Put It Out There

Taking the advice that Rand Fishkin gave his wife, Geraldine DeRuiter to figure out – what is it that you could write about – every day – and pair it up with her own advice – that sounds like an excuse, don’t give in to that. You’ve got to write. And put it out there. 

At this point, it’s not even about what it is that anyone wants or needs to hear – it’s that it’s got to be done. 

And I know that it is. At this moment, I literally have in my purse four different sizes of blacks line pens, five* different sizes and shades of black, blue, and nearly blue pens, plus one bright pink mechanical pencil that happens to be my very favorite pencil of all time and better not break or ever get lost. Okay, perhaps not literally – but only because I didn’t let myself stop writing long enough to get up and go actually LOOK at my purse. But I did stop long enough to visualize all of them. 

(*Actually, I did later go look at them and revised the number downward about two. I say “about” because I did that after I wrote the first draft and do not remember what the exact number was anymore because again, I’m not letting myself stop writing to go look again. Because I totally would. That’s just me. )

The reason I didn’t go actually count what’s there (and of course later did) is another key to whether this thing would ever be in any way successful – whatever “this thing” turns out to be (“nothing” is a thing too!) – and must be part of the advice I give myself. See, I’ve spent some time attempting to maintain a blog before so I know something about myself and this process. 

What I know will be no surprise at all to my family and anyone else who might be close to me. I get hung up on the numbers. I want to be accurate and prices and not say anything incorrect – so I take an extraordinary amount of time to research legitimate resources for information and data that backs up what I’m saying. This is a laudable goal as there certainly are plenty of people who spout off unverifiable nonsense and hyperbole. And there are also plenty of times when we think that we know a thing but what we think we know is just plain wrong.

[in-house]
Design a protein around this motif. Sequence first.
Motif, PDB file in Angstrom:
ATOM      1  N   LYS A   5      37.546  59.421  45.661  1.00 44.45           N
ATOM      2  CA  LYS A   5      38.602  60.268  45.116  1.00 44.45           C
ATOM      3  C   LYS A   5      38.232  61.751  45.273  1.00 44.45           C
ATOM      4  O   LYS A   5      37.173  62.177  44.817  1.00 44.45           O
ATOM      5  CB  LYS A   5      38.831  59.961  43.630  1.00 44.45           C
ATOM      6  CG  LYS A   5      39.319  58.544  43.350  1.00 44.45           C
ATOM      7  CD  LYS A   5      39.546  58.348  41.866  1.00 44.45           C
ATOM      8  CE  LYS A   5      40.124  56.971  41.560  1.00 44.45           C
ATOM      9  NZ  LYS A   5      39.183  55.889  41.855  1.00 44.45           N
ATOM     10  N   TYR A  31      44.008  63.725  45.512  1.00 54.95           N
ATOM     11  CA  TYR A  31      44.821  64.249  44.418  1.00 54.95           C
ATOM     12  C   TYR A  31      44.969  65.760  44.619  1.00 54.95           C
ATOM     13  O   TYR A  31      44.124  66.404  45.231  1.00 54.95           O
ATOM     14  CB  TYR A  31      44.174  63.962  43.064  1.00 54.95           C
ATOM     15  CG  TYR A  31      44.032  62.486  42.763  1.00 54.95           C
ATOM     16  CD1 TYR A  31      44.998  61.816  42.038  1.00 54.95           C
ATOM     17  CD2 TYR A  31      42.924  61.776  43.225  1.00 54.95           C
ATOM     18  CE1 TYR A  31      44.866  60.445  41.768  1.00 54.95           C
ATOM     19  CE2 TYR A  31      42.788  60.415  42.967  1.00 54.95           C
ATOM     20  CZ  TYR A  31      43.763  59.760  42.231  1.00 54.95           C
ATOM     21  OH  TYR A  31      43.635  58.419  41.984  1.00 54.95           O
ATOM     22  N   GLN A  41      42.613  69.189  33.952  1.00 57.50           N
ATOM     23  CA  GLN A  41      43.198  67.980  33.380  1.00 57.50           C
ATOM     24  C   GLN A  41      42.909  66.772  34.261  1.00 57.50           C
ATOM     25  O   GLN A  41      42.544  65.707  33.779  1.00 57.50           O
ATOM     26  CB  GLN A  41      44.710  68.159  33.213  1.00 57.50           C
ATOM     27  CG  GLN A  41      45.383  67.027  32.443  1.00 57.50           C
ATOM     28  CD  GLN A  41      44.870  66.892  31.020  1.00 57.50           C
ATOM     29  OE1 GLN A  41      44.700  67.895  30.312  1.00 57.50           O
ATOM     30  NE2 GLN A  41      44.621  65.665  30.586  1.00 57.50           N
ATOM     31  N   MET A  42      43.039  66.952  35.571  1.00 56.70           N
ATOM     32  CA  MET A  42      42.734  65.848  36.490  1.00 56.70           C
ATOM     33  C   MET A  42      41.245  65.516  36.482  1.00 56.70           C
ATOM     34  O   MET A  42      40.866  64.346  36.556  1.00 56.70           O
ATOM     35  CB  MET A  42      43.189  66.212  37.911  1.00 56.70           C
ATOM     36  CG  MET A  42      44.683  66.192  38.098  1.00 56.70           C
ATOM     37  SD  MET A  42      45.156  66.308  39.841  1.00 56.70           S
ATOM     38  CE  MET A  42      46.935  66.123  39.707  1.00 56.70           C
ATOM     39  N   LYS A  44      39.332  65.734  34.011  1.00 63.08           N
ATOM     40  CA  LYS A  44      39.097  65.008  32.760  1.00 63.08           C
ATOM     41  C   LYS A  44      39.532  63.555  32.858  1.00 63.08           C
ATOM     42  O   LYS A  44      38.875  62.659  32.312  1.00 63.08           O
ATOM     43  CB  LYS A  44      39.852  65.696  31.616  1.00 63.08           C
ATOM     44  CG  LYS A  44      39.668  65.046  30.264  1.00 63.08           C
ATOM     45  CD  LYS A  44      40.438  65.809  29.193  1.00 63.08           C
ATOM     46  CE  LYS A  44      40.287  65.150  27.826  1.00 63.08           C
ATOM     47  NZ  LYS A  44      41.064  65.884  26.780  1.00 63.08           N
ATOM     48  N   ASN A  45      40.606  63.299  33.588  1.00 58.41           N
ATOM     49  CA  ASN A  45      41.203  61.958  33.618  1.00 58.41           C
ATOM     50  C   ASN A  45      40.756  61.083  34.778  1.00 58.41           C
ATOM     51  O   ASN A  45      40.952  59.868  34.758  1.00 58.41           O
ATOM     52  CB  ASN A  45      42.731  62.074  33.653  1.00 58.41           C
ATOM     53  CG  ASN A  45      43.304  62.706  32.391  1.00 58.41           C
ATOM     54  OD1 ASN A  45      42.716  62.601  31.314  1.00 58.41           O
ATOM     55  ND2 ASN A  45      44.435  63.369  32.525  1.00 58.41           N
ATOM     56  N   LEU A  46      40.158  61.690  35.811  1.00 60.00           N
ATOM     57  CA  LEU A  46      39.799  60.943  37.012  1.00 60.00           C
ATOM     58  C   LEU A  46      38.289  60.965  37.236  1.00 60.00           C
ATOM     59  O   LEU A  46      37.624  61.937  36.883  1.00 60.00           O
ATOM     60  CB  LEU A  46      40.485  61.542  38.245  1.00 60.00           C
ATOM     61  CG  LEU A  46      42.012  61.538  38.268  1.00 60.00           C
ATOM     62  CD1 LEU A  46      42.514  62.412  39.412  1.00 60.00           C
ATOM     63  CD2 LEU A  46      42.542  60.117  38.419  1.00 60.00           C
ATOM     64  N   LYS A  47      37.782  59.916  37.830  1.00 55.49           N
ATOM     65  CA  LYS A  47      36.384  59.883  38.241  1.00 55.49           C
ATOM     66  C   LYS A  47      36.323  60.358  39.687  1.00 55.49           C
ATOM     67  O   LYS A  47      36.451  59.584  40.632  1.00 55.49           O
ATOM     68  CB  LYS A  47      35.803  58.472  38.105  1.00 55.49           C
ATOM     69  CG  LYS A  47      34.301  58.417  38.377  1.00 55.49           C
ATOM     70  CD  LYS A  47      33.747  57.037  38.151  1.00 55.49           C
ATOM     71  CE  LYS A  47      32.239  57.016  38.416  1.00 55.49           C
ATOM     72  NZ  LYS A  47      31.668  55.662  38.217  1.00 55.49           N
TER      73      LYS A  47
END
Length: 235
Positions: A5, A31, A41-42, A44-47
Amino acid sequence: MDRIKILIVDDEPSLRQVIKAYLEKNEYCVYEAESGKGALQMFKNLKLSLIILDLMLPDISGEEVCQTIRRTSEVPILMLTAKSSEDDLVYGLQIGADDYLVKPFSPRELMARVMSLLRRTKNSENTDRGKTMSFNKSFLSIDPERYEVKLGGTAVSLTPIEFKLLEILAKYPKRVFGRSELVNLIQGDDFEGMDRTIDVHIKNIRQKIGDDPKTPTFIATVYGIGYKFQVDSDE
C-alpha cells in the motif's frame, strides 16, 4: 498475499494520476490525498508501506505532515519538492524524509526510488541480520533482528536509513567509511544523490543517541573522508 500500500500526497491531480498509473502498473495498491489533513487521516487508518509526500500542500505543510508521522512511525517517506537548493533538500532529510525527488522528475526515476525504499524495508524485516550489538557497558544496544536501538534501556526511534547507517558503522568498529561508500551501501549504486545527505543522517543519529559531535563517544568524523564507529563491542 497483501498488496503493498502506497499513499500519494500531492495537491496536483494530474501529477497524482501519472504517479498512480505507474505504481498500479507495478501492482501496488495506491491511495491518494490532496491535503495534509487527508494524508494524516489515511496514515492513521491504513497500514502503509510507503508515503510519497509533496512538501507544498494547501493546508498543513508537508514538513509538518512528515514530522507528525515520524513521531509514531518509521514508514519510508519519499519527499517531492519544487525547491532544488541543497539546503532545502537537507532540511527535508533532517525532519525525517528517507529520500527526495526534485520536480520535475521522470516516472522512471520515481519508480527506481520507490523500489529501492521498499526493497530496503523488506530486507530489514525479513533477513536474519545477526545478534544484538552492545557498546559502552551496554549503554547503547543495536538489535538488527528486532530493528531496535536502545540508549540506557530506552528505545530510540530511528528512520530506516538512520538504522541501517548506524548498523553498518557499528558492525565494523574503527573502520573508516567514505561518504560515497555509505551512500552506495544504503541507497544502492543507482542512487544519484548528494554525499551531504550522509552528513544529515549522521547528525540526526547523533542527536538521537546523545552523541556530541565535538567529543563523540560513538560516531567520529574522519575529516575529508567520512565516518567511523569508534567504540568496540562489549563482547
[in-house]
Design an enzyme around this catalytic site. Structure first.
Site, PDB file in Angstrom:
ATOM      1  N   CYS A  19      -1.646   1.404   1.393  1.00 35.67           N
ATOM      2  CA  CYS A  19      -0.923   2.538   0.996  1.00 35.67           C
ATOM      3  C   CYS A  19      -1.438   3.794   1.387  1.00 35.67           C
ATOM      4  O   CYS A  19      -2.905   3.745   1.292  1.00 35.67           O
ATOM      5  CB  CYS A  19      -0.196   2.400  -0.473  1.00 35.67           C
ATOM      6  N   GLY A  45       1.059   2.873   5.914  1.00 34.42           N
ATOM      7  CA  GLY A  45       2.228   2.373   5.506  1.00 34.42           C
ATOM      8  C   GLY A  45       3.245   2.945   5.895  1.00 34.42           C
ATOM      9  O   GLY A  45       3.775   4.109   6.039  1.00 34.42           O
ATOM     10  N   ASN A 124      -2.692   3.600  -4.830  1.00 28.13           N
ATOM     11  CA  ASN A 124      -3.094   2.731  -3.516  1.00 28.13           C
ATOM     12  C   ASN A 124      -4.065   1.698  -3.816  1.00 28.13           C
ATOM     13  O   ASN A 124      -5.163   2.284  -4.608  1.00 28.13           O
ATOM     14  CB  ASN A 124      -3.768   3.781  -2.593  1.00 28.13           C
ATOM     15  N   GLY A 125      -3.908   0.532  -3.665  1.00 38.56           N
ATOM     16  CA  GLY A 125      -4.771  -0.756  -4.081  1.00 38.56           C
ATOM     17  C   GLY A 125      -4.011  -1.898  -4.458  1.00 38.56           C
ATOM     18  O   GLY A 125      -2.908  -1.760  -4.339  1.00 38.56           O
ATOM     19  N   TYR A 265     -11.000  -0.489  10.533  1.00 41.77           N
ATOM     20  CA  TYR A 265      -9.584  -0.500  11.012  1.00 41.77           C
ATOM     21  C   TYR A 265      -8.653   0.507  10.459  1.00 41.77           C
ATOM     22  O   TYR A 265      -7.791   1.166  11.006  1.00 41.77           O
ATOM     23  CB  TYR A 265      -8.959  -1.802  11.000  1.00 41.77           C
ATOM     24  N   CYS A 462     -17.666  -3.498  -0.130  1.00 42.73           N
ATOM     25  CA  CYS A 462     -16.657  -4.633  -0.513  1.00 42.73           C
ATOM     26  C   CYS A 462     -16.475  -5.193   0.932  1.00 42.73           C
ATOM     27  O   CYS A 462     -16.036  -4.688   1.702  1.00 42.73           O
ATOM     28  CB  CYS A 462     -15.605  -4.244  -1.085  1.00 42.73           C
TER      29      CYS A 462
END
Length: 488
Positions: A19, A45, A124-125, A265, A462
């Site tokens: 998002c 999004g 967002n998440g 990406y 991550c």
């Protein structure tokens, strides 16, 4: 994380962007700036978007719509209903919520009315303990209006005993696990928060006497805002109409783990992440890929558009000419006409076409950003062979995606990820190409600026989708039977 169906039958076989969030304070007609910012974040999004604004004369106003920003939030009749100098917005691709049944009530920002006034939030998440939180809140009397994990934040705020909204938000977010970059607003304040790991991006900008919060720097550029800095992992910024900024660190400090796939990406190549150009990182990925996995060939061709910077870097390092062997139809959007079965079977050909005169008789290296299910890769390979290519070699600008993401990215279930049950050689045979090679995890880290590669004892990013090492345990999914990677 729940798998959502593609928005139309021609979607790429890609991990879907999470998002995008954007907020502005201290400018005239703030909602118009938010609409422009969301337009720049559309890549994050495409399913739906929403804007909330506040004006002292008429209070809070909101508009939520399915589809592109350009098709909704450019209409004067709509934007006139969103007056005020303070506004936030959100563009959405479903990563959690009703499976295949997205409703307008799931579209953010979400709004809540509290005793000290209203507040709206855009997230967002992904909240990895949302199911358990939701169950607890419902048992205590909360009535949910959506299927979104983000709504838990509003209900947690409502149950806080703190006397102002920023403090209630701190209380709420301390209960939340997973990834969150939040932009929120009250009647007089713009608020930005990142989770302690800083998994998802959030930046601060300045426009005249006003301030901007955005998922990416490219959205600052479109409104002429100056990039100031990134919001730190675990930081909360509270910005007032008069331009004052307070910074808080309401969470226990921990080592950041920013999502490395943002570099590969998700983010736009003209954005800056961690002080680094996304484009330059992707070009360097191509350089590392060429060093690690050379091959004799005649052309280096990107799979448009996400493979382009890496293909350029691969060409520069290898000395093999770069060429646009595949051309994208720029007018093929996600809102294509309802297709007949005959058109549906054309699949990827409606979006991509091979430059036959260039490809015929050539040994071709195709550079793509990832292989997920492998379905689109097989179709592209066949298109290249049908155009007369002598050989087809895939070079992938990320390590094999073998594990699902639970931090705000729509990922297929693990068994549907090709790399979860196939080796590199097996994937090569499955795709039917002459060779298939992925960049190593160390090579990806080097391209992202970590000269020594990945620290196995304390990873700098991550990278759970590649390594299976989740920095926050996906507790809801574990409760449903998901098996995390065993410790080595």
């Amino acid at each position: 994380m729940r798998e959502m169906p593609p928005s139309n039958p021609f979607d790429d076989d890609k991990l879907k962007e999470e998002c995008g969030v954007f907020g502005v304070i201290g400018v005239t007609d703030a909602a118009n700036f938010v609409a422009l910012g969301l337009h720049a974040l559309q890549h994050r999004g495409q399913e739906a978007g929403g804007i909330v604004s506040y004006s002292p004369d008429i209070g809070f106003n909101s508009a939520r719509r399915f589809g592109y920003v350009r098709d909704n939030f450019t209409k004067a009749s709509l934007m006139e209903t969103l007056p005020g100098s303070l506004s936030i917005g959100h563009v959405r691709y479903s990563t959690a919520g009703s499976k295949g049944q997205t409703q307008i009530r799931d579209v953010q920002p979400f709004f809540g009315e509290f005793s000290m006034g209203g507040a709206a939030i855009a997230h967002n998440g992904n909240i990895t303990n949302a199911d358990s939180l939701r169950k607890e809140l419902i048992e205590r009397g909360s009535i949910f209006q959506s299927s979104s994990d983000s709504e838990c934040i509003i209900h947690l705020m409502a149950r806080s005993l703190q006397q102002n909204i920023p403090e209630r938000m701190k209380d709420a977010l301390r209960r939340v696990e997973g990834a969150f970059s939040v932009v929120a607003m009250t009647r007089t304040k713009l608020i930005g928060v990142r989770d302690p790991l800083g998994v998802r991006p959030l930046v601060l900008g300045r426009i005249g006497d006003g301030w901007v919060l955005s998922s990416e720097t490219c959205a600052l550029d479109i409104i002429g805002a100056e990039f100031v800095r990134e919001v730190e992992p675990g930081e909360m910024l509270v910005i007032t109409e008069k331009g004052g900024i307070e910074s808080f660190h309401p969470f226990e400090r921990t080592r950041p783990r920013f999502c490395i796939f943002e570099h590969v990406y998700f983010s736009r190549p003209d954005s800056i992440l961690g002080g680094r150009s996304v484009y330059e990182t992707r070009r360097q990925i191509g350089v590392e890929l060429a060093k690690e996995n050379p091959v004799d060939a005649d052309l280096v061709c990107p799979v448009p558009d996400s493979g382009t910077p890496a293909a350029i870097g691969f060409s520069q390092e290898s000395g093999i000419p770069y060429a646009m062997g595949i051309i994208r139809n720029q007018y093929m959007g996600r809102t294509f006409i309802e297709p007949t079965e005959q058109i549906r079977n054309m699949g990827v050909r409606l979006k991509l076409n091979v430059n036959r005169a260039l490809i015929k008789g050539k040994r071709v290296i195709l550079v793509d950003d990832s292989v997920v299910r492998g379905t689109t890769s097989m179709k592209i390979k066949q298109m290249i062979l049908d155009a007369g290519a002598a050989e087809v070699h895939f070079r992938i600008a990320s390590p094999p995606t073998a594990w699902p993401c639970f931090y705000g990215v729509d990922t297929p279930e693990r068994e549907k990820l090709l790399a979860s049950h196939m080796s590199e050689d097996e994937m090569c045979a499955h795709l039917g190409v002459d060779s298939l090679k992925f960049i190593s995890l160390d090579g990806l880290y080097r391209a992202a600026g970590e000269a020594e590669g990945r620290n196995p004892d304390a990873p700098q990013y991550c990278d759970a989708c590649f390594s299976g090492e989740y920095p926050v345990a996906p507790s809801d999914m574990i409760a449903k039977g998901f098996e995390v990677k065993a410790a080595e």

But here’s the deal – that validation process can’t get in the way of the writing process. I don’t know if I need fact checkers or crowd-sourced knowledge or simply just separate the two parts, though separating them likely just means that the validation process interferes with publishing instead of writing, which would be just as bad. 

However it actually works, what is important is that here are my thoughts and questions – and in the time that I have allotted myself, this is what I came up with. The solution to my past issues with writing has to include allowing – expecting, even – myself to write, even when I don’t find the data that meets my expectations for verifiable source. 

Something similar is also going to have to be necessary around time spent polishing. It’s got to be okay that it’s not perfect. Whatever I have when it’s time to publish has got to be good enough. So – no huge time spent researching and no huge time making it perfect. Just go with what is. 

But back to the original question – what could I possibly write about every day? And keep it up. Every day. And not get bogged down in overthinking things. Every. Day. 

Geraldine’s answer is Rand. And cake. I love my husband too and he can’t be off-limits the way that I’ve always had him be in my mind in the past. I’m sure Geraldine must be right – that’s just an excuse. And my family can’t be off-limits either – I’m not sure how other writers do that and not just totally alienate the people they know and love but clearly, there’s got to be some kind of path and I’ve just got to start finding it – while not allowing that process to interfere with the writing process. 

I’m not sure that my own writing necessarily has to be about them, though. My writing can and should include them but really, it’s about my ability to make sense of the world around me. My brain talks to me. All. Of. The. Damn. Time. I can’t get it to shut up. It analyzes and deconstructs everything and gets wrapped around the axle puzzling over some things – or just recalling bits of songs over and over and over (often for days and weeks at a time), which is arguably better than obsessing over whatever it was I did wrong most recently. Because that happens too. 

Fortunately, I’m also pretty strong-willed and I (usually) am pretty successful at keeping this active brain of my wrestled under control so that I can enjoy its more effective and useful capabilities. Regardless, my brain does have a lot to say and part of how I deal with that is by constantly working – really, really hard sometimes – at finding a more positive perspective around things. When I fail at that, my brain still talks to me, just in darker ways. What it’s saying, how I deal with that, what mistakes I make along the way – and whatever I might learn throughout that process (including nothing at all!)… well, THAT I could write about. Probably every day. 

There is a lot to still figure out about how to stay on some definition of some “acceptable” path but questioning what is acceptable and finding creative paths through the riskier bits without interfering with the writing process will just have to be part of the journey. 

When my brain starts talking to me about work, co-workers, and customers (and it does – boy, does it ever!), I have zero clue yet how I’ll deal with that but I will find a way somehow because clearly it has to be done. Maybe for others, but definitely for myself. 

Here’s to letting my brain talk out loud for a bit. 

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